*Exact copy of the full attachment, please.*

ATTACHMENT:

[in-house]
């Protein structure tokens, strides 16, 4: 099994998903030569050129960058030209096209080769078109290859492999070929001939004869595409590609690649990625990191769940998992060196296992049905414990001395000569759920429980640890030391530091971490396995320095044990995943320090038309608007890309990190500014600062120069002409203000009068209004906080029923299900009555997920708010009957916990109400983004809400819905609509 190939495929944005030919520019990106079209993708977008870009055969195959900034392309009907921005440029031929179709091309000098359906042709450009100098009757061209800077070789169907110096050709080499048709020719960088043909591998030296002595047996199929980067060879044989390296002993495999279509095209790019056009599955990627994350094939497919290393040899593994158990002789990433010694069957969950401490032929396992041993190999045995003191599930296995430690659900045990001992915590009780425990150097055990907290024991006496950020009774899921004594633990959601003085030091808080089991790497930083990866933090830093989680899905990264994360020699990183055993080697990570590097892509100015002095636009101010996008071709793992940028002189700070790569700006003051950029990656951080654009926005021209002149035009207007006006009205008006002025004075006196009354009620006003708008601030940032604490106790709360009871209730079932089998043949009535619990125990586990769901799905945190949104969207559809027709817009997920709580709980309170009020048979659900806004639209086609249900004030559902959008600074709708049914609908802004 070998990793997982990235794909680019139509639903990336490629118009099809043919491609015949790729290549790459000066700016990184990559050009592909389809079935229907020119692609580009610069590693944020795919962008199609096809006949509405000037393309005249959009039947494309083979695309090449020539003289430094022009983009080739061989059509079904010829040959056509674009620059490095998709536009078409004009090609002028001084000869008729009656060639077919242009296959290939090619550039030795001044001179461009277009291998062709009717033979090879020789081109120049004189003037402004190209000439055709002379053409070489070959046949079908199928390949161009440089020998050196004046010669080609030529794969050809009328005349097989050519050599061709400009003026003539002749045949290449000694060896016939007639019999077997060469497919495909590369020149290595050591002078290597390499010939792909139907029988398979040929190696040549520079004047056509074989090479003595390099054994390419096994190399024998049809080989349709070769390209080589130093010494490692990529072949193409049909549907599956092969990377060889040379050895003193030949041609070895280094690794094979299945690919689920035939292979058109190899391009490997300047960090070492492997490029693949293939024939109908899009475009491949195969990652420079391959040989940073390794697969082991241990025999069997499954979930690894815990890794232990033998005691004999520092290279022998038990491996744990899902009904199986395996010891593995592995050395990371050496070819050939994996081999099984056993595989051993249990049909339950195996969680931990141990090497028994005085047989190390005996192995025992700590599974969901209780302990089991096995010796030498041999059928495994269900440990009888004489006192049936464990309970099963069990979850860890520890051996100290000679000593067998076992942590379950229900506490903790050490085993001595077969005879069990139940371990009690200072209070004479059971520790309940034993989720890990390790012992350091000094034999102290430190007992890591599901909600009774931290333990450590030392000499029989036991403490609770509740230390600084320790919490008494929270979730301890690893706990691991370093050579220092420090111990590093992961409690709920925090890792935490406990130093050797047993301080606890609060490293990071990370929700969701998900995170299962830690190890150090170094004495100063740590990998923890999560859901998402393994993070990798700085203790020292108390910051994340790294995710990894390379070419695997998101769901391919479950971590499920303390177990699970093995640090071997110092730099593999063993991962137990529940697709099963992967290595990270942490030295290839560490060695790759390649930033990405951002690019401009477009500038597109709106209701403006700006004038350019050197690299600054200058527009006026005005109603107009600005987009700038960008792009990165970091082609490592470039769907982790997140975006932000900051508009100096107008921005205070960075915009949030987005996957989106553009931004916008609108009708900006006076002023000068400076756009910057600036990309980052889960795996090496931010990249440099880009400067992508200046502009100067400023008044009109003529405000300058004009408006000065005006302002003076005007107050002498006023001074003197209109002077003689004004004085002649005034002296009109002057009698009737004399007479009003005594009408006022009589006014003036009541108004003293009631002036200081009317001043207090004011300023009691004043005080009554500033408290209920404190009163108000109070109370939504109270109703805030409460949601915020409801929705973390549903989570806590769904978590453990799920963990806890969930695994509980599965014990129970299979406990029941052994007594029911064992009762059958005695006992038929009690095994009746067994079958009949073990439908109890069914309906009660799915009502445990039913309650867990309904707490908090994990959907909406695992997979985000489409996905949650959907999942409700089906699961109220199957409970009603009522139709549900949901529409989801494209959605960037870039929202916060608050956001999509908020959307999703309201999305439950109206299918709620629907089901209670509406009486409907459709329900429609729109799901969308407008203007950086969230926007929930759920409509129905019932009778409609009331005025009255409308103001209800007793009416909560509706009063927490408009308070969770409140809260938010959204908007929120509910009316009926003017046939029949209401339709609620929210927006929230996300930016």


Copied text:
[in-house]
């Protein structure tokens, strides 16, 4: 099994998903030569050129960058030209096209080769078109290859492999070929001939004869595409590609690649990625990191769940998992060196296992049905414990001395000569759920429980640890030391530091971490396995320095044990995943320090038309608007890309990190500014600062120069002409203000009068209004906080029923299900009555997920708010009957916990109400983004809400819905609509 190939495929944005030919520019990106079209993708977008870009055969195959900034392309009907921005440029031929179709091309000098359906042709450009100098009757061209800077070789169907110096050709080499048709020719960088043909591998030296002595047996199929980067060879044989390296002993495999279509095209790019056009599955990627994350094939497919290393040899593994158990002789990433010694069957969950401490032929396992041993190999045995003191599930296995430690659900045990001992915590009780425990150097055990907290024991006496950020009774899921004594633990959601003085030091808080089991790497930083990866933090830093989680899905990264994360020699990183055993080697990570590097892509100015002095636009101010996008071709793992940028002189700070790569700006003051950029990656951080654009926005021209002149035009207007006006009205008006002025004075006196009354009620006003708008601030940032604490106790709360009871209730079932089998043949009535619990125990586990769901799905945190949104969207559809027709817009997920709580709980309170009020048979659900806004639209086609249900004030559902959008600074709708049914609908802004 070998990793997982990235794909680019139509639903990336490629118009099809043919491609015949790729290549790459000066700016990184990559050009592909389809079935229907020119692609580009610069590693944020795919962008199609096809006949509405000037393309005249959009039947494309083979695309090449020539003289430094022009983009080739061989059509079904010829040959056509674009620059490095998709536009078409004009090609002028001084000869008729009656060639077919242009296959290939090619550039030795001044001179461009277009291998062709009717033979090879020789081109120049004189003037402004190209000439055709002379053409070489070959046949079908199928390949161009440089020998050196004046010669080609030529794969050809009328005349097989050519050599061709400009003026003539002749045949290449000694060896016939007639019999077997060469497919495909590369020149290595050591002078290597390499010939792909139907029988398979040929190696040549520079004047056509074989090479003595390099054994390419096994190399024998049809080989349709070769390209080589130093010494490692990529072949193409049909549907599956092969990377060889040379050895003193030949041609070895280094690794094979299945690919689920035939292979058109190899391009490997300047960090070492492997490029693949293939024939109908899009475009491949195969990652420079391959040989940073390794697969082991241990025999069997499954979930690894815990890794232990033998005691004999520092290279022998038990491996744990899902009904199986395996010891593995592995050395990371050496070819050939994996081999099984056993595989051993249990049909339950195996969680931990141990090497028994005085047989190390005996192995025992700590599974969901209780302990089991096995010796030498041999059928495994269900440990009888004489006192049936464990309970099963069990979850860890520890051996100290000679000593067998076992942590379950229900506490903790050490085993001595077969005879069990139940371990009690200072209070004479059971520790309940034993989720890990390790012992350091000094034999102290430190007992890591599901909600009774931290333990450590030392000499029989036991403490609770509740230390600084320790919490008494929270979730301890690893706990691991370093050579220092420090111990590093992961409690709920925090890792935490406990130093050797047993301080606890609060490293990071990370929700969701998900995170299962830690190890150090170094004495100063740590990998923890999560859901998402393994993070990798700085203790020292108390910051994340790294995710990894390379070419695997998101769901391919479950971590499920303390177990699970093995640090071997110092730099593999063993991962137990529940697709099963992967290595990270942490030295290839560490060695790759390649930033990405951002690019401009477009500038597109709106209701403006700006004038350019050197690299600054200058527009006026005005109603107009600005987009700038960008792009990165970091082609490592470039769907982790997140975006932000900051508009100096107008921005205070960075915009949030987005996957989106553009931004916008609108009708900006006076002023000068400076756009910057600036990309980052889960795996090496931010990249440099880009400067992508200046502009100067400023008044009109003529405000300058004009408006000065005006302002003076005007107050002498006023001074003197209109002077003689004004004085002649005034002296009109002057009698009737004399007479009003005594009408006022009589006014003036009541108004003293009631002036200081009317001043207090004011300023009691004043005080009554500033408290209920404190009163108000109070109370939504109270109703805030409460949601915020409801929705973390549903989570806590769904978590453990799920963990806890969930695994509980599965014990129970299979406990029941052994007594029911064992009762059958005695006992038929009690095994009746067994079958009949073990439908109890069914309906009660799915009502445990039913309650867990309904707490908090994990959907909406695992997979985000489409996905949650959907999942409700089906699961109220199957409970009603009522139709549900949901529409989801494209959605960037870039929202916060608050956001999509908020959307999703309201999305439950109206299918709620629907089901209670509406009486409907459709329900429609729109799901969308407008203007950086969230926007929930759920409509129905019932009778409609009331005025009255409308103001209800007793009416909560509706009063927490408009308070969770409140809260938010959204908007929120509910009316009926003017046939029949209401339709609620929210927006929230996300930016």